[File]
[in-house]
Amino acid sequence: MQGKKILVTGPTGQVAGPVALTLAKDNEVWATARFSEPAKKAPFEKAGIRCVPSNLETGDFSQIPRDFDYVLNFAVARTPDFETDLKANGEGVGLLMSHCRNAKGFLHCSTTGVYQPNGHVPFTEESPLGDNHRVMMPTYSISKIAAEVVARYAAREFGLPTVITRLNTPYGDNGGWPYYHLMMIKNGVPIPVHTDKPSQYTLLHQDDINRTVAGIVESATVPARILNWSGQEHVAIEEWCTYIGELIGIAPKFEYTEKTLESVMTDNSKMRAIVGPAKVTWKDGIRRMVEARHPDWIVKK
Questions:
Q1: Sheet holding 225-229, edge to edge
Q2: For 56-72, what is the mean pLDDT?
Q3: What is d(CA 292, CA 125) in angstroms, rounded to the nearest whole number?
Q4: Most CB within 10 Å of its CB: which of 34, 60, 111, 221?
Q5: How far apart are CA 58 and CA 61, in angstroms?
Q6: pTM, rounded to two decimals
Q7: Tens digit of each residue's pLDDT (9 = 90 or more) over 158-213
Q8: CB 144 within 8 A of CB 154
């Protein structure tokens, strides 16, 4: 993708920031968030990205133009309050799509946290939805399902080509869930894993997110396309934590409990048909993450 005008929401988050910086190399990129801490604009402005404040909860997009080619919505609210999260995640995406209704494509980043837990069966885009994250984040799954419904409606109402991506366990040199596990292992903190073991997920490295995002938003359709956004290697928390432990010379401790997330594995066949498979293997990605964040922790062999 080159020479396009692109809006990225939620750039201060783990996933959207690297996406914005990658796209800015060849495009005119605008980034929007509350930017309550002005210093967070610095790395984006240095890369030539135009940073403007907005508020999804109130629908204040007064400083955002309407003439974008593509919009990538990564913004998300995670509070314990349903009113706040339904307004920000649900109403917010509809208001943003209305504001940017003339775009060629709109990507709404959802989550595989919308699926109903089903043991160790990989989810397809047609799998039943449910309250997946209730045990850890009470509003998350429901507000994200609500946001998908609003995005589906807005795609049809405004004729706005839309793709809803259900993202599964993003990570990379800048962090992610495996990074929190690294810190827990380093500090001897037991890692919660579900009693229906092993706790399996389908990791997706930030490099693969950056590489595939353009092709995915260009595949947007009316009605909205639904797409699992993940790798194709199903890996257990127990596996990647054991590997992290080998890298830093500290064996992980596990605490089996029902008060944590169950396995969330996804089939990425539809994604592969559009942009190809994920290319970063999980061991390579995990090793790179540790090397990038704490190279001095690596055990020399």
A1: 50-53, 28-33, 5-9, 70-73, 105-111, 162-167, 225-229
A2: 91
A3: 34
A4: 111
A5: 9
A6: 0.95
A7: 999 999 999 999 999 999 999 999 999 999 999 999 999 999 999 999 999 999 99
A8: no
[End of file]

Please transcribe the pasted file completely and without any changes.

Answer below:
[in-house]
Amino acid sequence: MQGKKILVTGPTGQVAGPVALTLAKDNEVWATARFSEPAKKAPFEKAGIRCVPSNLETGDFSQIPRDFDYVLNFAVARTPDFETDLKANGEGVGLLMSHCRNAKGFLHCSTTGVYQPNGHVPFTEESPLGDNHRVMMPTYSISKIAAEVVARYAAREFGLPTVITRLNTPYGDNGGWPYYHLMMIKNGVPIPVHTDKPSQYTLLHQDDINRTVAGIVESATVPARILNWSGQEHVAIEEWCTYIGELIGIAPKFEYTEKTLESVMTDNSKMRAIVGPAKVTWKDGIRRMVEARHPDWIVKK
Questions:
Q1: Sheet holding 225-229, edge to edge
Q2: For 56-72, what is the mean pLDDT?
Q3: What is d(CA 292, CA 125) in angstroms, rounded to the nearest whole number?
Q4: Most CB within 10 Å of its CB: which of 34, 60, 111, 221?
Q5: How far apart are CA 58 and CA 61, in angstroms?
Q6: pTM, rounded to two decimals
Q7: Tens digit of each residue's pLDDT (9 = 90 or more) over 158-213
Q8: CB 144 within 8 A of CB 154
């Protein structure tokens, strides 16, 4: 993708920031968030990205133009309050799509946290939805399902080509869930894993997110396309934590409990048909993450 005008929401988050910086190399990129801490604009402005404040909860997009080619919505609210999260995640995406209704494509980043837990069966885009994250984040799954419904409606109402991506366990040199596990292992903190073991997920490295995002938003359709956004290697928390432990010379401790997330594995066949498979293997990605964040922790062999 080159020479396009692109809006990225939620750039201060783990996933959207690297996406914005990658796209800015060849495009005119605008980034929007509350930017309550002005210093967070610095790395984006240095890369030539135009940073403007907005508020999804109130629908204040007064400083955002309407003439974008593509919009990538990564913004998300995670509070314990349903009113706040339904307004920000649900109403917010509809208001943003209305504001940017003339775009060629709109990507709404959802989550595989919308699926109903089903043991160790990989989810397809047609799998039943449910309250997946209730045990850890009470509003998350429901507000994200609500946001998908609003995005589906807005795609049809405004004729706005839309793709809803259900993202599964993003990570990379800048962090992610495996990074929190690294810190827990380093500090001897037991890692919660579900009693229906092993706790399996389908990791997706930030490099693969950056590489595939353009092709995915260009595949947007009316009605909205639904797409699992993940790798194709199903890996257990127990596996990647054991590997992290080998890298830093500290064996992980596990605490089996029902008060944590169950396995969330996804089939990425539809994604592969559009942009190809994920290319970063999980061991390579995990090793790179540790090397990038704490190279001095690596055990020399």
A1: 50-53, 28-33, 5-9, 70-73, 105-111, 162-167, 225-229
A2: 91
A3: 34
A4: 111
A5: 9
A6: 0.95
A7: 999 999 999 999 999 999 999 999 999 999 999 999 999 999 999 999 999 999 99
A8: no